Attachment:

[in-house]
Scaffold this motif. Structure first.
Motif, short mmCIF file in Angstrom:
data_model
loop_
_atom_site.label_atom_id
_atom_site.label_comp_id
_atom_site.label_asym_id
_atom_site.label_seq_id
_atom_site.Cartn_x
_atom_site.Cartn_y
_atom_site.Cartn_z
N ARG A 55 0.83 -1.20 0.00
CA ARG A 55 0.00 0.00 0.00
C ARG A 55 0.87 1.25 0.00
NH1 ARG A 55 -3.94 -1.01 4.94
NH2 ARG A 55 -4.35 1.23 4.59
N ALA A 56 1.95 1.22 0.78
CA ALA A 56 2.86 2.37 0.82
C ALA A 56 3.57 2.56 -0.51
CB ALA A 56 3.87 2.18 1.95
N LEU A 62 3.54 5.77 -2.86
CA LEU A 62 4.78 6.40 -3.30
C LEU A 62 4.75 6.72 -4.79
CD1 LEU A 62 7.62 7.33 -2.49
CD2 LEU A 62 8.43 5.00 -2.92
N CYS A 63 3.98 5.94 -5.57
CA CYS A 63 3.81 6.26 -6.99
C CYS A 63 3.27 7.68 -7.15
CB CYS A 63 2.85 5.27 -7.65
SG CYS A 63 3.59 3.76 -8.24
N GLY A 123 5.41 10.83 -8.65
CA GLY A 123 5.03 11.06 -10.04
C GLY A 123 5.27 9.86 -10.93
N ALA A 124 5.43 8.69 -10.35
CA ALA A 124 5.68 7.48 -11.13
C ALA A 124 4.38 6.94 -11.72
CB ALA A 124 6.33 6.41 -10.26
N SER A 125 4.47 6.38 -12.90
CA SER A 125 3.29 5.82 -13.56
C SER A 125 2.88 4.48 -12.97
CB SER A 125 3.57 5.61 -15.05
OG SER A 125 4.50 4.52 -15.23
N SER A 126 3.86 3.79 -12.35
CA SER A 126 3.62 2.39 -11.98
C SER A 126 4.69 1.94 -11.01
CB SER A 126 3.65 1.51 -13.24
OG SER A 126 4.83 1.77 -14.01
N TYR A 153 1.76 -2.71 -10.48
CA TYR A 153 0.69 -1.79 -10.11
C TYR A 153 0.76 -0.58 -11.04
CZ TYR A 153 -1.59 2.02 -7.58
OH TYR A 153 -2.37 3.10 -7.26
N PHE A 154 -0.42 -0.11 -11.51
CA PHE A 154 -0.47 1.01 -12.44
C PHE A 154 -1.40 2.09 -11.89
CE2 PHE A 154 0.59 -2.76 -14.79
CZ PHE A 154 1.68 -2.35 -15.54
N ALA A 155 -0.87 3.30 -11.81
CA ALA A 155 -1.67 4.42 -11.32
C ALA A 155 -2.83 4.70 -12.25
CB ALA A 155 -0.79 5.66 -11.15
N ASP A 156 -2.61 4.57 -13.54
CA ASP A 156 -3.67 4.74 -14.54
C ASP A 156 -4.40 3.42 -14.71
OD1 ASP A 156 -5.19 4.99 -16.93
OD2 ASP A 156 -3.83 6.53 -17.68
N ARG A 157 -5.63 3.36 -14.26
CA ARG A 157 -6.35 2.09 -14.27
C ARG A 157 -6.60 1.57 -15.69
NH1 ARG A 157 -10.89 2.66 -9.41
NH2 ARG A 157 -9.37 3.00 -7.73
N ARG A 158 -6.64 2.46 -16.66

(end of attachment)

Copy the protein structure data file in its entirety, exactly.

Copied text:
[in-house]
Scaffold this motif. Structure first.
Motif, short mmCIF file in Angstrom:
data_model
loop_
_atom_site.label_atom_id
_atom_site.label_comp_id
_atom_site.label_asym_id
_atom_site.label_seq_id
_atom_site.Cartn_x
_atom_site.Cartn_y
_atom_site.Cartn_z
N ARG A 55 0.83 -1.20 0.00
CA ARG A 55 0.00 0.00 0.00
C ARG A 55 0.87 1.25 0.00
NH1 ARG A 55 -3.94 -1.01 4.94
NH2 ARG A 55 -4.35 1.23 4.59
N ALA A 56 1.95 1.22 0.78
CA ALA A 56 2.86 2.37 0.82
C ALA A 56 3.57 2.56 -0.51
CB ALA A 56 3.87 2.18 1.95
N LEU A 62 3.54 5.77 -2.86
CA LEU A 62 4.78 6.40 -3.30
C LEU A 62 4.75 6.72 -4.79
CD1 LEU A 62 7.62 7.33 -2.49
CD2 LEU A 62 8.43 5.00 -2.92
N CYS A 63 3.98 5.94 -5.57
CA CYS A 63 3.81 6.26 -6.99
C CYS A 63 3.27 7.68 -7.15
CB CYS A 63 2.85 5.27 -7.65
SG CYS A 63 3.59 3.76 -8.24
N GLY A 123 5.41 10.83 -8.65
CA GLY A 123 5.03 11.06 -10.04
C GLY A 123 5.27 9.86 -10.93
N ALA A 124 5.43 8.69 -10.35
CA ALA A 124 5.68 7.48 -11.13
C ALA A 124 4.38 6.94 -11.72
CB ALA A 124 6.33 6.41 -10.26
N SER A 125 4.47 6.38 -12.90
CA SER A 125 3.29 5.82 -13.56
C SER A 125 2.88 4.48 -12.97
CB SER A 125 3.57 5.61 -15.05
OG SER A 125 4.50 4.52 -15.23
N SER A 126 3.86 3.79 -12.35
CA SER A 126 3.62 2.39 -11.98
C SER A 126 4.69 1.94 -11.01
CB SER A 126 3.65 1.51 -13.24
OG SER A 126 4.83 1.77 -14.01
N TYR A 153 1.76 -2.71 -10.48
CA TYR A 153 0.69 -1.79 -10.11
C TYR A 153 0.76 -0.58 -11.04
CZ TYR A 153 -1.59 2.02 -7.58
OH TYR A 153 -2.37 3.10 -7.26
N PHE A 154 -0.42 -0.11 -11.51
CA PHE A 154 -0.47 1.01 -12.44
C PHE A 154 -1.40 2.09 -11.89
CE2 PHE A 154 0.59 -2.76 -14.79
CZ PHE A 154 1.68 -2.35 -15.54
N ALA A 155 -0.87 3.30 -11.81
CA ALA A 155 -1.67 4.42 -11.32
C ALA A 155 -2.83 4.70 -12.25
CB ALA A 155 -0.79 5.66 -11.15
N ASP A 156 -2.61 4.57 -13.54
CA ASP A 156 -3.67 4.74 -14.54
C ASP A 156 -4.40 3.42 -14.71
OD1 ASP A 156 -5.19 4.99 -16.93
OD2 ASP A 156 -3.83 6.53 -17.68
N ARG A 157 -5.63 3.36 -14.26
CA ARG A 157 -6.35 2.09 -14.27
C ARG A 157 -6.60 1.57 -15.69
NH1 ARG A 157 -10.89 2.66 -9.41
NH2 ARG A 157 -9.37 3.00 -7.73
N ARG A 158 -6.64 2.46 -16.66